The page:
Huddersfield's novel anniversary celebrations were organised by the Luddites 200 group. The weekend included theatre, music, poetry readings, debates and The Noisy Frame, a compilation of song and testimony telling the lives of the cloth makers who from 1780 to 1840 fought against what was "hurtful to commonality."
There was also a guided walk in the Spen valley to where the Luddites planned and attacked Cartwright's Mill on April 11 1812 and where retribution followed.
Just a few miles away, at the Colne Valley Museum, the Luddite Re-enactment Weekend included the play Last Rites of the Luddites, performed by the Slubbing Billys, a 10-strong side of Morris dancers.
In Huddersfield, from the august Town Hall to local pubs and bars, there were songs of justice and right, ironically just off that major site of alienated consumption, a shopping precinct beset by bleak squalls.
It was all the more potent because so many of the places named in song were locally familiar.
The "Enochs" mentioned in one were the sledgehammers made by Enoch Taylor, a blacksmith in nearby Marsden.
He also built the first automatic croppers. The Luddites' slogan as they smashed them was "Enoch made them and Enoch shall break them."
A recurrent connection in the talks and debates was made between the Luddites' critiques of new technology with issues caused by today's innovations.
A key question was how to make the transition from the injustices brought by the industrial society that the Luddites sought to oppose towards an economically just society with appropriate technology.
For many participants the Luddites were seen as inspirational figures who understood that the quality of life matters - to enjoy, for example, three hours a day gardening, not standing endlessly in a factory.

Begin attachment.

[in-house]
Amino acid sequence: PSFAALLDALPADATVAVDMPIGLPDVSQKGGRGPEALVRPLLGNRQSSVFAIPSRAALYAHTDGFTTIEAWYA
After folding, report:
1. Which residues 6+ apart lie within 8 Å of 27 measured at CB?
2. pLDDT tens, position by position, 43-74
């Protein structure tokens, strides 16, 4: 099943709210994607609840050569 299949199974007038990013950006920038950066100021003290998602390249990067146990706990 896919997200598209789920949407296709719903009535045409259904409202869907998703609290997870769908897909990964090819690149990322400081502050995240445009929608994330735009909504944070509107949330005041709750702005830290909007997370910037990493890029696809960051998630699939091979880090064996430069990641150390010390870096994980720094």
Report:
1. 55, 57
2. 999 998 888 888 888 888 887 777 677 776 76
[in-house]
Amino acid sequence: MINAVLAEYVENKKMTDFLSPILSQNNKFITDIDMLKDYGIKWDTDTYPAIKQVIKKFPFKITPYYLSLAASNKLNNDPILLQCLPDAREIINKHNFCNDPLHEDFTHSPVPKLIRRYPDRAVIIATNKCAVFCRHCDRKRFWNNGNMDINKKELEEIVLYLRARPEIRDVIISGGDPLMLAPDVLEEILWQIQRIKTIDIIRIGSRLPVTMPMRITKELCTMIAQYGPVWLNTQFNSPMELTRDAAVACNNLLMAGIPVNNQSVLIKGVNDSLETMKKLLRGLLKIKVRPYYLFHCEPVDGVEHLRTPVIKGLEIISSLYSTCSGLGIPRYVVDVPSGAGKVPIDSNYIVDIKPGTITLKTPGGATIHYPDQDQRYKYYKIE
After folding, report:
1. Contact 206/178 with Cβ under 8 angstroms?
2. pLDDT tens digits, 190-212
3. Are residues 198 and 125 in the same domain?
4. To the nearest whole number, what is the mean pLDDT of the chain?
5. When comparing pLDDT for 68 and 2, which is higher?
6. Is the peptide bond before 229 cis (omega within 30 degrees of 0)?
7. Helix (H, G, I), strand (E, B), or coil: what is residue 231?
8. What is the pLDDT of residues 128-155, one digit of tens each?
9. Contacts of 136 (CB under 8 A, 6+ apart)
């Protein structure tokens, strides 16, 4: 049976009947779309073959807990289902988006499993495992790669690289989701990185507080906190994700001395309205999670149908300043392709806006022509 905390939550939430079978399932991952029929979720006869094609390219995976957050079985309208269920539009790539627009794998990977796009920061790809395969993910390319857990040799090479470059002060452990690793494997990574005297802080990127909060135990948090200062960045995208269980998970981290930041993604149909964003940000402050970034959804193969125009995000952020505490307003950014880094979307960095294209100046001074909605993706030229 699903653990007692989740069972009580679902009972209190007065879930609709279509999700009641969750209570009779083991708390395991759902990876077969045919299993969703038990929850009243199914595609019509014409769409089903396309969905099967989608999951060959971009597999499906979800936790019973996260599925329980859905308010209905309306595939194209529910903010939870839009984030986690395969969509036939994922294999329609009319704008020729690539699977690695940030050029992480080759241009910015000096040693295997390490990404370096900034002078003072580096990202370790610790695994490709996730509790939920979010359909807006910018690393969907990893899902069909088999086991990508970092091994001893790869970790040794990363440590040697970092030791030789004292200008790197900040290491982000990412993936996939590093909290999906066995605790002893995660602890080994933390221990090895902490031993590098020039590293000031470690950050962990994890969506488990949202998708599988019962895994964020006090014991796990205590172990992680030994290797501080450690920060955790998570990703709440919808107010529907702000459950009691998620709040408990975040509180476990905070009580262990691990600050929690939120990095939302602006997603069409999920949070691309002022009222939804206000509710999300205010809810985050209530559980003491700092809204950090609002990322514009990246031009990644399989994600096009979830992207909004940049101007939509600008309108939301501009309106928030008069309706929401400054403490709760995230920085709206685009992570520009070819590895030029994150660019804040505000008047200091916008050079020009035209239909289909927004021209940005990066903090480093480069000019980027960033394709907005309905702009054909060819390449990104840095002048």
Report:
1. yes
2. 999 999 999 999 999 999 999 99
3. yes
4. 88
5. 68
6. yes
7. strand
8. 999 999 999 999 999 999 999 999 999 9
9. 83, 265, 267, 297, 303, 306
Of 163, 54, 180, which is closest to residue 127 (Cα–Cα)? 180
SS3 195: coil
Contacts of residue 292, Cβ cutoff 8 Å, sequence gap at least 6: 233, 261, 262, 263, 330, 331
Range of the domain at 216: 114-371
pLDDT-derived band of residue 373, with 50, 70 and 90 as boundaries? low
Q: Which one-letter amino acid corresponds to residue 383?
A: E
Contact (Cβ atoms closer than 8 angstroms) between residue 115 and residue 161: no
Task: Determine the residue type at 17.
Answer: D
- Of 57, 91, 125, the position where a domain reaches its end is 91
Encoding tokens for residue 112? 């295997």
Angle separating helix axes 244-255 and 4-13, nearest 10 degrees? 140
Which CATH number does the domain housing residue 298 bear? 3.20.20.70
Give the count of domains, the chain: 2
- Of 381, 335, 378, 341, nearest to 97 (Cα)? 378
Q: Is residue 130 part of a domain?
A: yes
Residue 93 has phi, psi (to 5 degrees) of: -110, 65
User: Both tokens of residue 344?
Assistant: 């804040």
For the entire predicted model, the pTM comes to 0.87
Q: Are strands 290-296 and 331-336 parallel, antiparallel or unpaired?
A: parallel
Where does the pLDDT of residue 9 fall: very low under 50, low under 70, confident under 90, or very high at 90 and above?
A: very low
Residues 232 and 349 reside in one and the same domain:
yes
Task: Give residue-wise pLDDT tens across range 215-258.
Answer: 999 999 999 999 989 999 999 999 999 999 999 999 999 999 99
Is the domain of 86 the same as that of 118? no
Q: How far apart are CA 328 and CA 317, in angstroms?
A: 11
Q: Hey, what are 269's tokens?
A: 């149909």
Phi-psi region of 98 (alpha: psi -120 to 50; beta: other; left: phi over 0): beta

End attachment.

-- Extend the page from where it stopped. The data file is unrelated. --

Following the ongoing phone-hacking revelations and protests against bankers' pay rises, participants weren't only thinking of history when they sang the very triumphant chorus of the Luddite song: "You tyrants of England/ Your race may soon be run/ You may be brought into account/ for what you've surely done."
That's a sentiment which will probably be aired again next weekend, when Huddersfield University hosts a seminar on the Luddites and other early 19th-century protest movements.
In the coming months there's a whole number of cultural and other events to mark this still-relevant struggle against forces "hurtful to commonality."
For details of the Huddersfield University seminar on May 12 and other events nationally, visit ludditebicentenary.blogspot.co.uk
The Luddite Rebellion of 1811-13 began in Arnold, near Nottingham, with the sabotage of stocking-making machines.
Many areas followed suit, including the cities of Leeds and Manchester.
In early spring 1812 unrest erupted in West Yorkshire, where wool shearers started attacking the new shearing machines.
Weavers opposed the steam looms that wove cotton, replacing the cottage-based hand-loom lifestyle.
Government retribution was fierce. In Lancashire and Yorkshire troops arrested 64 people, of whom 17 were hanged and many transported to Australia.
Their revolt is viewed by some as one by privileged craft workers attacking changes that would enable lower-paid workers to get jobs.
Yet far from being reactionary technophobic vandals, the Luddites were far-seeing workers protesting at being dispossessed by the mechanising of what were once skilled jobs.